‘Big Hero 6’ high-flying super hero adventure for everyone

Hiro Hamada saves the city of San Fransokyo from an evil genius in “Big Hero 6.”  (Photo provided by disney.movies.com/big-hero-6/)
Hiro Hamada saves the city of San Fransokyo from an evil genius in “Big Hero 6.” (Photo provided by disney.movies.com/big-hero-6/)

In the fictional city of San Fransokyo, Hiro Hamada, played by Ryan Potter (“Supah Ninjas”), is a 14-year-old genius that graduated from high school at 13, has a love for creating robots and illegal bot fighting. His older brother Tadashi, played by Daniel Henney (“X-Men Origins: Wolverine”) spends his college days in an advanced robotics lab inventing robots to help the greater good.

Once Tadashi shows Hiro what it looks like to be in college working with robotics, the teen tries desperately to get accepted into the robotics program. After throwing around a bunch of ideas, Hiro invents mentally controlled micro-bots that impress everyone at the college’s fair, including the dean.

The celebration comes to a grinding stop when tragedy strikes and Hiro is left without his beloved brother.

While dealing with the loss of Tadashi, Hiro is introduced to Tadashi’s invention, Baymax, the personal health care robot. Played by Scott Adsit (“St. Vincent”), Baymax is a lovable robot who is programmed to take care of any health issue someone faces.

When Hiro and Baymax find out that someone stole the micro-bots that were supposedly destroyed, the two team up with Tadashi’s friends from college to find the person responsible. This includes the extremely girly Honey Lemon, played by Genesis Rodriguez (“Identity Thief”), the tom-boy Go Go Tomago, played by Jamie Chung (“Sin City: A Dame to Kill For”), the neat freak Wasabi No-Ginger, played by Damon Wayans Jr. (“Let’s Be Cops”) and the mascot Fred, played by T.J. Miller (“Transformers: Age of Extinction”). These six become “Big Hero 6.”

“Big Hero 6” is a perfect combination of the action of Marvel with the lightheartedness of Disney and the comedic aspects of both. Directed by Don Hall (“The Princess and the Frog”) and Chris Williams (“Bolt”), “Big Hero 6” keeps the second golden age of Disney going with its amazing characters and great designs. The 3-D animation is highly detailed and shows just what the animators at Disney can do. The characters are expertly detailed and their stories are flawlessly injected into the movie.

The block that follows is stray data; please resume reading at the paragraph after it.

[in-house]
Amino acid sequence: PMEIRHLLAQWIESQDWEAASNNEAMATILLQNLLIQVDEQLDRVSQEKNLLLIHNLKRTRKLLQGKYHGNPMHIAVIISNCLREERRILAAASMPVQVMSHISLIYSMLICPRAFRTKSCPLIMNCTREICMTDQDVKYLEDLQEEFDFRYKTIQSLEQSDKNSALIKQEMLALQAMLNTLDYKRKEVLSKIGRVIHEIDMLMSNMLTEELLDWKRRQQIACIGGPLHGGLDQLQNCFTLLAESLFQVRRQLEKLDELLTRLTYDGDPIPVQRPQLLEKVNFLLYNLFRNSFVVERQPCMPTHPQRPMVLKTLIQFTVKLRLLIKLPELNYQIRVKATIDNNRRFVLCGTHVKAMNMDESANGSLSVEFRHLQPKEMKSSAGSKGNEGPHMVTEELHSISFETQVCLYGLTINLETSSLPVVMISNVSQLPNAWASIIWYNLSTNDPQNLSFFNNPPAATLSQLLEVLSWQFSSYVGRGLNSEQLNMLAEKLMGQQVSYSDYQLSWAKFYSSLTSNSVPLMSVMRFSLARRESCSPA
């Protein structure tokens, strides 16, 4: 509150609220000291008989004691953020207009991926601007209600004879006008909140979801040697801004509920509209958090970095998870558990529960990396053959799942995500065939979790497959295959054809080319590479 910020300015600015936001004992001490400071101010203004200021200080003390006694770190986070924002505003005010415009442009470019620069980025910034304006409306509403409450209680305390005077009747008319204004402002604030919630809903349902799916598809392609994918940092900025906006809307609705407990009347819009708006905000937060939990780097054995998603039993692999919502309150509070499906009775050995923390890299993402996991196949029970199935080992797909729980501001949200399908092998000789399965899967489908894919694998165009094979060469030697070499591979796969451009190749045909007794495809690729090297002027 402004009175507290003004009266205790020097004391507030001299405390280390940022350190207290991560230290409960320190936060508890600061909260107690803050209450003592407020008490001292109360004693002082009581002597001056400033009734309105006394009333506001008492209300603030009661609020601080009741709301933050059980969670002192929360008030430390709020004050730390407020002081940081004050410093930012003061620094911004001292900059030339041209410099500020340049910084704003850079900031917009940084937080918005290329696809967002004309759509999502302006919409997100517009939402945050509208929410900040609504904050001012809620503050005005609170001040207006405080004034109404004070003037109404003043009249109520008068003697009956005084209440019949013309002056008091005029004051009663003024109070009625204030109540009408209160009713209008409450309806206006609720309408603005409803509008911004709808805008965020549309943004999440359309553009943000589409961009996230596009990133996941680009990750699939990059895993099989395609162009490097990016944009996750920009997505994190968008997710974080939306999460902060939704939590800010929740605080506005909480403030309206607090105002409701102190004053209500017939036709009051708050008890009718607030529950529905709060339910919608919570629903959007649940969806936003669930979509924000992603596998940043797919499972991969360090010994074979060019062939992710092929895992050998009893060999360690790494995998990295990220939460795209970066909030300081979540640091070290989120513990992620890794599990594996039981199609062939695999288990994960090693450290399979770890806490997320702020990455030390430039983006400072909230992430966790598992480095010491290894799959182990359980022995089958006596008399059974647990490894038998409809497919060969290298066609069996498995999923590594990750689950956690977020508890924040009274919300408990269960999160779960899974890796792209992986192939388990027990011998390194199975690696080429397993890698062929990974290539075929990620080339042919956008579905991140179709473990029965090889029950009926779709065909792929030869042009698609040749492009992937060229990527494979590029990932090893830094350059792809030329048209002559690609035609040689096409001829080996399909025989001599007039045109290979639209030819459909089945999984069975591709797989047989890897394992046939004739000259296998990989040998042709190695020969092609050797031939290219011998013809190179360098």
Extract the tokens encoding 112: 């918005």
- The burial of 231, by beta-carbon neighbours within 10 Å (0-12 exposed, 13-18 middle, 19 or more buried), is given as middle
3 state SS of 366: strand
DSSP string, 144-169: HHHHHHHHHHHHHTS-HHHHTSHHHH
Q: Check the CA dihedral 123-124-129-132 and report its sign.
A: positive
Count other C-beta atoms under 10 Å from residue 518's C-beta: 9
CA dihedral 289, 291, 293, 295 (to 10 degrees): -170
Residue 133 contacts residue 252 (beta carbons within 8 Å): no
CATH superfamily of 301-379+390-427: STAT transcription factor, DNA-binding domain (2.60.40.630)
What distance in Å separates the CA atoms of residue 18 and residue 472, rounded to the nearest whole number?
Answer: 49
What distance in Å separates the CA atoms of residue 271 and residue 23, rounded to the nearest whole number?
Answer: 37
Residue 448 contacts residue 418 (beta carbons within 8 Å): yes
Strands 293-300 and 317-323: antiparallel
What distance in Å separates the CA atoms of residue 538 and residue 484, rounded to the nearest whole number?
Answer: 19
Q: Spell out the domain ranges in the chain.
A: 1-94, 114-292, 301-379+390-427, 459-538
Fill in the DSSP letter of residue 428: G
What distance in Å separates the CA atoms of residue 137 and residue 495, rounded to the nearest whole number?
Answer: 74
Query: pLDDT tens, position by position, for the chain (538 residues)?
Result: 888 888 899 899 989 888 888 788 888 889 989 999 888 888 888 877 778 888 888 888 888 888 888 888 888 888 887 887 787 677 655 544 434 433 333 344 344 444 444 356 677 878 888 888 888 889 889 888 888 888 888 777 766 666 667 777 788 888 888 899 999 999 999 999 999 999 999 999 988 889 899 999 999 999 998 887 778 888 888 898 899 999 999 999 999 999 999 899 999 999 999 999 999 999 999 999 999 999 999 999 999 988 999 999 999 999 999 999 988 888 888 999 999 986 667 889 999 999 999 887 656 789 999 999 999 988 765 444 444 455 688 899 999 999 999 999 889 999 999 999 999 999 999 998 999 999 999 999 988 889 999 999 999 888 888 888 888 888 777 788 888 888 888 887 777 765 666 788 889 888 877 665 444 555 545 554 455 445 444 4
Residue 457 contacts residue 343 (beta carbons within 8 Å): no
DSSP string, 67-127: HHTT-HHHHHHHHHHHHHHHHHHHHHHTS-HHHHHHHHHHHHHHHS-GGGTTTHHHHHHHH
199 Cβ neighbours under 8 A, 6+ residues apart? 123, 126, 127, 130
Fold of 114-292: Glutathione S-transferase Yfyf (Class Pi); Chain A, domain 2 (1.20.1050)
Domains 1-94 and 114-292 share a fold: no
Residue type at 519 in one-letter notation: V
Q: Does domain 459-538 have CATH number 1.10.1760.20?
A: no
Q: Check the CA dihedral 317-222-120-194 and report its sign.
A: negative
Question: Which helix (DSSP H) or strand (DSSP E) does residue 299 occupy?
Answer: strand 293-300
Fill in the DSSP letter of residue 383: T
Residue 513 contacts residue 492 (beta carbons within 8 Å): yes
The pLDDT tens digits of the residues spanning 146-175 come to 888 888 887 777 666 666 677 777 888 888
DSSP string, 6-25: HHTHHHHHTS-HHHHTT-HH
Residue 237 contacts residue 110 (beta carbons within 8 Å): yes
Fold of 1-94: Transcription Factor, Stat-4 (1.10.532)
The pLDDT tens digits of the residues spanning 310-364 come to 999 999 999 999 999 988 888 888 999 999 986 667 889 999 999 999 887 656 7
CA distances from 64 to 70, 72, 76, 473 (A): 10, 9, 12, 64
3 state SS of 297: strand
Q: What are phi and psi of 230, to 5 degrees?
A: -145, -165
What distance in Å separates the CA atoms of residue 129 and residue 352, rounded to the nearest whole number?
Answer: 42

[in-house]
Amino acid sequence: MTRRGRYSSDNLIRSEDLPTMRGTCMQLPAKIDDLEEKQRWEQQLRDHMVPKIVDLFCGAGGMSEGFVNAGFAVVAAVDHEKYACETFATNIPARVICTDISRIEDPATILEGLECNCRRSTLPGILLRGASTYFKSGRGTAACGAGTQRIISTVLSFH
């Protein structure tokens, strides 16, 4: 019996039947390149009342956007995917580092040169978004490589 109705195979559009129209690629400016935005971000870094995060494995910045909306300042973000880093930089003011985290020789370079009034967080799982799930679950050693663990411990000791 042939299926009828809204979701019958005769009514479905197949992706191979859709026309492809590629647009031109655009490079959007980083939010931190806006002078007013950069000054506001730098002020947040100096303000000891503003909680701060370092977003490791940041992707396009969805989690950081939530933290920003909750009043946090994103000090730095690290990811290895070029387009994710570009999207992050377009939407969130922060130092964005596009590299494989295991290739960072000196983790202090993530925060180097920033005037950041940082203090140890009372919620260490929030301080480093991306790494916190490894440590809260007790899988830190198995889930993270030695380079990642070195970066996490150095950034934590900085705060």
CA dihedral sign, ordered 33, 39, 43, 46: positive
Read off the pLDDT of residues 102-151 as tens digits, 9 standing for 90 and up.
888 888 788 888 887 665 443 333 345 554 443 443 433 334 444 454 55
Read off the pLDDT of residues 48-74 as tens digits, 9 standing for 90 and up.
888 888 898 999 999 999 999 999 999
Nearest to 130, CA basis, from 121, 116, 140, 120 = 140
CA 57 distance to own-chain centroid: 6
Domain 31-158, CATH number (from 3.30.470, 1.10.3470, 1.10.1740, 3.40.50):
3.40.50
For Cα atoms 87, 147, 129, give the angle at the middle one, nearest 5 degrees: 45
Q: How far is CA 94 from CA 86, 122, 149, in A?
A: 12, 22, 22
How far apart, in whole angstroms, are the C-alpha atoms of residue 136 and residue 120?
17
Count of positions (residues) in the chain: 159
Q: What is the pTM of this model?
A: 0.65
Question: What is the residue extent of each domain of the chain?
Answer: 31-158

The character everyone cannot seem to stop talking about is the lovable robot Baymax. He is programmed to help the sick and injured and conveys feelings of happiness and comfort. However, he is still a robot that cannot convey emotions too well and takes everything literally, which adds some hilarious dialogue between him and Hiro.

The main story is not really about super heroes and fighting crime. “Big Hero 6” shows kids what it is like to deal with the death of a loved one in both healthy and unhealthy ways. The character of Hiro perfectly conveys both sides to dealing with death with the help of his friends and Baymax.

Like its predecessor “Frozen,” “Big Hero 6” focuses mainly on the bond between siblings. In this case, it is the bond between brothers. Much like sisters could relate to “Frozen,” brothers can definitely relate to the story of the Hamada brothers.

In true Disney fashion, “Big Hero 6” is an emotional roller coaster of laughs and tears. Definitely a must see, and bring plenty of tissues with you to the theater.

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